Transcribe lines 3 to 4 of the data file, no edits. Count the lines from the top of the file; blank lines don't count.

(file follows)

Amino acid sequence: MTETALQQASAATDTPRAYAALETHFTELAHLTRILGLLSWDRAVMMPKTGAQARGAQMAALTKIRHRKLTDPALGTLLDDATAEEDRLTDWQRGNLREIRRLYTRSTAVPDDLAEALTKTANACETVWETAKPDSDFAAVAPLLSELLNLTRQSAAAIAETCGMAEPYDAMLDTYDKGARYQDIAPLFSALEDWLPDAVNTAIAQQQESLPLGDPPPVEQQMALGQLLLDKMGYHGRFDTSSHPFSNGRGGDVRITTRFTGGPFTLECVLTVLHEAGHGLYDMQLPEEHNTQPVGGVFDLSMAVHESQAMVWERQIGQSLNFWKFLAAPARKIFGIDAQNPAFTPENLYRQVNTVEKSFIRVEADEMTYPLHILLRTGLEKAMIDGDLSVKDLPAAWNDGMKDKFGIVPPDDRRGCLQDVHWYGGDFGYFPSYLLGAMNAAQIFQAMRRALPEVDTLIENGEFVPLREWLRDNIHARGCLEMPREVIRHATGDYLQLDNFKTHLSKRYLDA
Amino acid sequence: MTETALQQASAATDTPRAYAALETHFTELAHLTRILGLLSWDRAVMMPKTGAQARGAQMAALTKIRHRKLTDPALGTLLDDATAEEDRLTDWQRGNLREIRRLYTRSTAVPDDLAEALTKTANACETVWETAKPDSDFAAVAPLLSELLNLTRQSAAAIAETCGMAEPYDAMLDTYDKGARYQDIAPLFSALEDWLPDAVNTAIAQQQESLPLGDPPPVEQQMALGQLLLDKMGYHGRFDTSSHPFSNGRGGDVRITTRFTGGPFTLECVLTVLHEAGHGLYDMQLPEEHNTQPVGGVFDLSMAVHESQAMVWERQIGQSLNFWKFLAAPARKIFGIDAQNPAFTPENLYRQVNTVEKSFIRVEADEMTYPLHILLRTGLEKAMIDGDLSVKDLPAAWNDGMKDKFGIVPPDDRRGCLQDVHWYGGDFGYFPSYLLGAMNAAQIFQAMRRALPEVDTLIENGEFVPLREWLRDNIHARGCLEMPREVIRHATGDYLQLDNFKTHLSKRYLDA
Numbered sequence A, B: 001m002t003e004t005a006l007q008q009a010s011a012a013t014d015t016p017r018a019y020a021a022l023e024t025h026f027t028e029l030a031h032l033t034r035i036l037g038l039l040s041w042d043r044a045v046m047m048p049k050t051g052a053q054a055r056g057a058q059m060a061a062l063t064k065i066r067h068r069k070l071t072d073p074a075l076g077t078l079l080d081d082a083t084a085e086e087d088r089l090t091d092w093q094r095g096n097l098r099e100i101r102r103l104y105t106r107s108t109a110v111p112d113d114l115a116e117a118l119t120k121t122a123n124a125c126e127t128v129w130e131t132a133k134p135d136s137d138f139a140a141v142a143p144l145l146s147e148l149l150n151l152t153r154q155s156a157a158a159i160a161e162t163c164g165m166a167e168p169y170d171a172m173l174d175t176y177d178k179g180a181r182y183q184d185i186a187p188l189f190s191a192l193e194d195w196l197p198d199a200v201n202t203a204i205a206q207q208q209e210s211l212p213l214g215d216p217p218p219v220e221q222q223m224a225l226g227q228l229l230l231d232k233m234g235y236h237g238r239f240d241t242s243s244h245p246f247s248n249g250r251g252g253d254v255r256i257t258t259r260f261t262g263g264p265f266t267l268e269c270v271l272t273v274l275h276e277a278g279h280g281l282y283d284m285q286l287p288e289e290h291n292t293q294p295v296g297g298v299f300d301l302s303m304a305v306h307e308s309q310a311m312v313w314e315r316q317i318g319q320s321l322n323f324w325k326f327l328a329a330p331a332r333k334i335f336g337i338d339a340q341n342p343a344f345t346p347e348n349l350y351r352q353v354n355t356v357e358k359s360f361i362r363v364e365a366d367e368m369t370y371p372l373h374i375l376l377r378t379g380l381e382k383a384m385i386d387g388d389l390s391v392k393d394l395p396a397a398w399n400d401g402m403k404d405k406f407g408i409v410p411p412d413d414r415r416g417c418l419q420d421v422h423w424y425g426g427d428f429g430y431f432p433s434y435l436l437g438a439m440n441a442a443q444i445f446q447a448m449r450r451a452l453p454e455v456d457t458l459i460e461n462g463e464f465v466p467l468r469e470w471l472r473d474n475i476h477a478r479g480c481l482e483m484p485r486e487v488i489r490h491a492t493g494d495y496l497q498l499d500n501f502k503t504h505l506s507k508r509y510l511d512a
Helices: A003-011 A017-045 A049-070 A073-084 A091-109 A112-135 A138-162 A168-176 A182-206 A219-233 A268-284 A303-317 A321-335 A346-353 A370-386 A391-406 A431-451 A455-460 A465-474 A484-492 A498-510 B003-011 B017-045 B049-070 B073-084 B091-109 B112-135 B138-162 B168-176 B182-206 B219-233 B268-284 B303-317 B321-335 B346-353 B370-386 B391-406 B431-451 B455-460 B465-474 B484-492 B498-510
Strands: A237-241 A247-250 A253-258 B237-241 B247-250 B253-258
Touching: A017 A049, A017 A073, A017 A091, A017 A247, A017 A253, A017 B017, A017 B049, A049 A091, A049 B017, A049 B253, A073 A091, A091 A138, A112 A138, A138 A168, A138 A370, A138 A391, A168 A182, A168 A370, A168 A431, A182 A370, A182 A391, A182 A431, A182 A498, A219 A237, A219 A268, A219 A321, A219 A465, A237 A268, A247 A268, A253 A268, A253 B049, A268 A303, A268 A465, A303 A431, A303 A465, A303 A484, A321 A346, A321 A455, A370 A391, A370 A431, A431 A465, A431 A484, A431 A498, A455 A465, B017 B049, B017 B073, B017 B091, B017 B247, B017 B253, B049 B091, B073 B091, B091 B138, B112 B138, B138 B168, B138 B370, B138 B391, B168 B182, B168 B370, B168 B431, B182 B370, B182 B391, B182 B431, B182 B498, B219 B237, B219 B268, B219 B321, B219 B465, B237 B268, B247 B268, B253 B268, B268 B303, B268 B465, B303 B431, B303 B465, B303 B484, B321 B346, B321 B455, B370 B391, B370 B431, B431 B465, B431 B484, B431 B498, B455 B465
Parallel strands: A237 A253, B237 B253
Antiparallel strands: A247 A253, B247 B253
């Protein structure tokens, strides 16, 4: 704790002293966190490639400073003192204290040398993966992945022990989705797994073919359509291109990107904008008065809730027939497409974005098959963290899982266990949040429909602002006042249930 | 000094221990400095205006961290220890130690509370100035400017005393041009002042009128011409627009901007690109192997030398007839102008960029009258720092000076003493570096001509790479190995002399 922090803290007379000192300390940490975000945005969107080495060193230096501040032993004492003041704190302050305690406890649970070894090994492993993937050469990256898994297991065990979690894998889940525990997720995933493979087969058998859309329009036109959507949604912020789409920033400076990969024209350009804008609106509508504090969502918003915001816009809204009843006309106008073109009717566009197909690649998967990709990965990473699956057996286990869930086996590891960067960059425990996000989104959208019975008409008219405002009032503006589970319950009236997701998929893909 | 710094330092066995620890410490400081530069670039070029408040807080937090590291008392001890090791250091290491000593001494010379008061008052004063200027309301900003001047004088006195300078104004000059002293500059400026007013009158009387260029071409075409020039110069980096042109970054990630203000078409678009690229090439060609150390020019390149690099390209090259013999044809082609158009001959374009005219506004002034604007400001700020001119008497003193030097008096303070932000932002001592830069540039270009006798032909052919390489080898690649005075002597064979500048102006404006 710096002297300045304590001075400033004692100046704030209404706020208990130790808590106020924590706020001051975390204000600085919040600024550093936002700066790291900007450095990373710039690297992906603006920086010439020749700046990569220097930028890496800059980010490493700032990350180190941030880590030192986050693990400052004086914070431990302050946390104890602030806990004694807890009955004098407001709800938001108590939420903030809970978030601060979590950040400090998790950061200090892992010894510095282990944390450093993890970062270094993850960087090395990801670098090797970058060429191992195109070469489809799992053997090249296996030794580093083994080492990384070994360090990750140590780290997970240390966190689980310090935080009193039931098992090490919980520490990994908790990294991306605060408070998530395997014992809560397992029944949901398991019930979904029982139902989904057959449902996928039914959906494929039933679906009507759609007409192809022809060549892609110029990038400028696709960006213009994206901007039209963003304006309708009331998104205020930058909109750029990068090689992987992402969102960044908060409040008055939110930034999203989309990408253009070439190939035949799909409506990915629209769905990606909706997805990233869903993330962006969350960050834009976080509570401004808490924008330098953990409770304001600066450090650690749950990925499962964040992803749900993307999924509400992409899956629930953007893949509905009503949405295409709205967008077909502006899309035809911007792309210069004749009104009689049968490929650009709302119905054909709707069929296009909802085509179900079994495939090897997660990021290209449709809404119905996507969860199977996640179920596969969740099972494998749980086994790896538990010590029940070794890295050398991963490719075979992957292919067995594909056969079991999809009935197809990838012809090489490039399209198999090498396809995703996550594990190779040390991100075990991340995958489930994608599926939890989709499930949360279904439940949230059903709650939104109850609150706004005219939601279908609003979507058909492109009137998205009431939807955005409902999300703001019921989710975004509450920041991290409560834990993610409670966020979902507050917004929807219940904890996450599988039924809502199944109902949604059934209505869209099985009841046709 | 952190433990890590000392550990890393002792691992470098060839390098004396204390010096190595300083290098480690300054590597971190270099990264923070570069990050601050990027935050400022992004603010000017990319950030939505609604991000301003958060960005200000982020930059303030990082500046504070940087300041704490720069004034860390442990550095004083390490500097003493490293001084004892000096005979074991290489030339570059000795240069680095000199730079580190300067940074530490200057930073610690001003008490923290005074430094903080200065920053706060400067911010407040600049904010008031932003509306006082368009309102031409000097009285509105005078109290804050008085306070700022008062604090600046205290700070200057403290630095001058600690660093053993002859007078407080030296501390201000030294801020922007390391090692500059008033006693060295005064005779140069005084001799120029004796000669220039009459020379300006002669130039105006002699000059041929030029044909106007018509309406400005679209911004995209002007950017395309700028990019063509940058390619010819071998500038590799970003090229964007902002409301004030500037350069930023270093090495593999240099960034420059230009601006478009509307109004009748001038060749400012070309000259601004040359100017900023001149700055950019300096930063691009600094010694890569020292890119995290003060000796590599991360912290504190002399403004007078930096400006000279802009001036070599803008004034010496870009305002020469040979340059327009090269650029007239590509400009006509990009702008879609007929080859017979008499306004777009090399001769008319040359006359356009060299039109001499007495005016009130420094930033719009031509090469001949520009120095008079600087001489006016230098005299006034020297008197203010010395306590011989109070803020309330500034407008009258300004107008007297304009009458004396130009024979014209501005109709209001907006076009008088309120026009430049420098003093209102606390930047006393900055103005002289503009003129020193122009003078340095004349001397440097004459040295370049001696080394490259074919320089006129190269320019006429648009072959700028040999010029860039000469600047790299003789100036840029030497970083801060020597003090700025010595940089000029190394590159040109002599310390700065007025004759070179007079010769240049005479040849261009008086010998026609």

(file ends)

Numbered sequence A, B: 001m002t003e004t005a006l007q008q009a010s011a012a013t014d015t016p017r018a019y020a021a022l023e024t025h026f027t028e029l030a031h032l033t034r035i036l037g038l039l040s041w042d043r044a045v046m047m048p049k050t051g052a053q054a055r056g057a058q059m060a061a062l063t064k065i066r067h068r069k070l071t072d073p074a075l076g077t078l079l080d081d082a083t084a085e086e087d088r089l090t091d092w093q094r095g096n097l098r099e100i101r102r103l104y105t106r107s108t109a110v111p112d113d114l115a116e117a118l119t120k121t122a123n124a125c126e127t128v129w130e131t132a133k134p135d136s137d138f139a140a141v142a143p144l145l146s147e148l149l150n151l152t153r154q155s156a157a158a159i160a161e162t163c164g165m166a167e168p169y170d171a172m173l174d175t176y177d178k179g180a181r182y183q184d185i186a187p188l189f190s191a192l193e194d195w196l197p198d199a200v201n202t203a204i205a206q207q208q209e210s211l212p213l214g215d216p217p218p219v220e221q222q223m224a225l226g227q228l229l230l231d232k233m234g235y236h237g238r239f240d241t242s243s244h245p246f247s248n249g250r251g252g253d254v255r256i257t258t259r260f261t262g263g264p265f266t267l268e269c270v271l272t273v274l275h276e277a278g279h280g281l282y283d284m285q286l287p288e289e290h291n292t293q294p295v296g297g298v299f300d301l302s303m304a305v306h307e308s309q310a311m312v313w314e315r316q317i318g319q320s321l322n323f324w325k326f327l328a329a330p331a332r333k334i335f336g337i338d339a340q341n342p343a344f345t346p347e348n349l350y351r352q353v354n355t356v357e358k359s360f361i362r363v364e365a366d367e368m369t370y371p372l373h374i375l376l377r378t379g380l381e382k383a384m385i386d387g388d389l390s391v392k393d394l395p396a397a398w399n400d401g402m403k404d405k406f407g408i409v410p411p412d413d414r415r416g417c418l419q420d421v422h423w424y425g426g427d428f429g430y431f432p433s434y435l436l437g438a439m440n441a442a443q444i445f446q447a448m449r450r451a452l453p454e455v456d457t458l459i460e461n462g463e464f465v466p467l468r469e470w471l472r473d474n475i476h477a478r479g480c481l482e483m484p485r486e487v488i489r490h491a492t493g494d495y496l497q498l499d500n501f502k503t504h505l506s507k508r509y510l511d512a
Helices: A003-011 A017-045 A049-070 A073-084 A091-109 A112-135 A138-162 A168-176 A182-206 A219-233 A268-284 A303-317 A321-335 A346-353 A370-386 A391-406 A431-451 A455-460 A465-474 A484-492 A498-510 B003-011 B017-045 B049-070 B073-084 B091-109 B112-135 B138-162 B168-176 B182-206 B219-233 B268-284 B303-317 B321-335 B346-353 B370-386 B391-406 B431-451 B455-460 B465-474 B484-492 B498-510